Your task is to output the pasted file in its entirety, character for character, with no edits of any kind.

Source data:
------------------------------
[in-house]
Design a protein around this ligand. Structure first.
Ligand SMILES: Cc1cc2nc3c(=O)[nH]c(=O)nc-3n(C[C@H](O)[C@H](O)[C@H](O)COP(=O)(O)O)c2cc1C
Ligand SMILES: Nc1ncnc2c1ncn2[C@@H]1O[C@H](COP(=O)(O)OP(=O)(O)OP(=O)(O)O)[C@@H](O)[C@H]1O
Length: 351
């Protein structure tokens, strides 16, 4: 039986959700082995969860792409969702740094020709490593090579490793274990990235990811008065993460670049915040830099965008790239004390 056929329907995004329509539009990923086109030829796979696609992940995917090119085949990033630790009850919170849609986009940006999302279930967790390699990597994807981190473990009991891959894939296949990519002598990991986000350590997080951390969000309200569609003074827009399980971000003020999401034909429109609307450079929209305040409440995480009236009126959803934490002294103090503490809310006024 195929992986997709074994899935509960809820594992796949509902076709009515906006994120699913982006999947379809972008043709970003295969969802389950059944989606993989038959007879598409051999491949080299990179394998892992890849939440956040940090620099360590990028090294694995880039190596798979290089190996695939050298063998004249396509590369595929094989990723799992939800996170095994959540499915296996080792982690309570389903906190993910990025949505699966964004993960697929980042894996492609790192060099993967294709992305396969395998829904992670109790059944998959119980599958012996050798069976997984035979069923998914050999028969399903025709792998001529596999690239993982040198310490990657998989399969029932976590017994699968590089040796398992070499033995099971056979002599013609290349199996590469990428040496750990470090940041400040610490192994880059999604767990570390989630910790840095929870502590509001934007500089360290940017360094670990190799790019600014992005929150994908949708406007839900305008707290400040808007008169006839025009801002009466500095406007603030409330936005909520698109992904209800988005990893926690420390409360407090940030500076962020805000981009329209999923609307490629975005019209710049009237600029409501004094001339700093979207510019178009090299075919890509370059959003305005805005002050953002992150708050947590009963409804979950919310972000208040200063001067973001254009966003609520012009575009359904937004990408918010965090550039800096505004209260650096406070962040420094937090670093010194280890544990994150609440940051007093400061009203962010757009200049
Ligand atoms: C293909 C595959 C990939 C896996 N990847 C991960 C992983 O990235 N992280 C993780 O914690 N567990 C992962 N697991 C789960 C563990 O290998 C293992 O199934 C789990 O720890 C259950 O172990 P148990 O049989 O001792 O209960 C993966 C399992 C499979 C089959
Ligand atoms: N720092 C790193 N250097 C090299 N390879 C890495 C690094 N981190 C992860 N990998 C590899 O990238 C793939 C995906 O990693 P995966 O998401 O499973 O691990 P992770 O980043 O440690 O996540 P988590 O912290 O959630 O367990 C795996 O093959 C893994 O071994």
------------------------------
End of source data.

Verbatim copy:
[in-house]
Design a protein around this ligand. Structure first.
Ligand SMILES: Cc1cc2nc3c(=O)[nH]c(=O)nc-3n(C[C@H](O)[C@H](O)[C@H](O)COP(=O)(O)O)c2cc1C
Ligand SMILES: Nc1ncnc2c1ncn2[C@@H]1O[C@H](COP(=O)(O)OP(=O)(O)OP(=O)(O)O)[C@@H](O)[C@H]1O
Length: 351
């Protein structure tokens, strides 16, 4: 039986959700082995969860792409969702740094020709490593090579490793274990990235990811008065993460670049915040830099965008790239004390 056929329907995004329509539009990923086109030829796979696609992940995917090119085949990033630790009850919170849609986009940006999302279930967790390699990597994807981190473990009991891959894939296949990519002598990991986000350590997080951390969000309200569609003074827009399980971000003020999401034909429109609307450079929209305040409440995480009236009126959803934490002294103090503490809310006024 195929992986997709074994899935509960809820594992796949509902076709009515906006994120699913982006999947379809972008043709970003295969969802389950059944989606993989038959007879598409051999491949080299990179394998892992890849939440956040940090620099360590990028090294694995880039190596798979290089190996695939050298063998004249396509590369595929094989990723799992939800996170095994959540499915296996080792982690309570389903906190993910990025949505699966964004993960697929980042894996492609790192060099993967294709992305396969395998829904992670109790059944998959119980599958012996050798069976997984035979069923998914050999028969399903025709792998001529596999690239993982040198310490990657998989399969029932976590017994699968590089040796398992070499033995099971056979002599013609290349199996590469990428040496750990470090940041400040610490192994880059999604767990570390989630910790840095929870502590509001934007500089360290940017360094670990190799790019600014992005929150994908949708406007839900305008707290400040808007008169006839025009801002009466500095406007603030409330936005909520698109992904209800988005990893926690420390409360407090940030500076962020805000981009329209999923609307490629975005019209710049009237600029409501004094001339700093979207510019178009090299075919890509370059959003305005805005002050953002992150708050947590009963409804979950919310972000208040200063001067973001254009966003609520012009575009359904937004990408918010965090550039800096505004209260650096406070962040420094937090670093010194280890544990994150609440940051007093400061009203962010757009200049
Ligand atoms: C293909 C595959 C990939 C896996 N990847 C991960 C992983 O990235 N992280 C993780 O914690 N567990 C992962 N697991 C789960 C563990 O290998 C293992 O199934 C789990 O720890 C259950 O172990 P148990 O049989 O001792 O209960 C993966 C399992 C499979 C089959
Ligand atoms: N720092 C790193 N250097 C090299 N390879 C890495 C690094 N981190 C992860 N990998 C590899 O990238 C793939 C995906 O990693 P995966 O998401 O499973 O691990 P992770 O980043 O440690 O996540 P988590 O912290 O959630 O367990 C795996 O093959 C893994 O071994």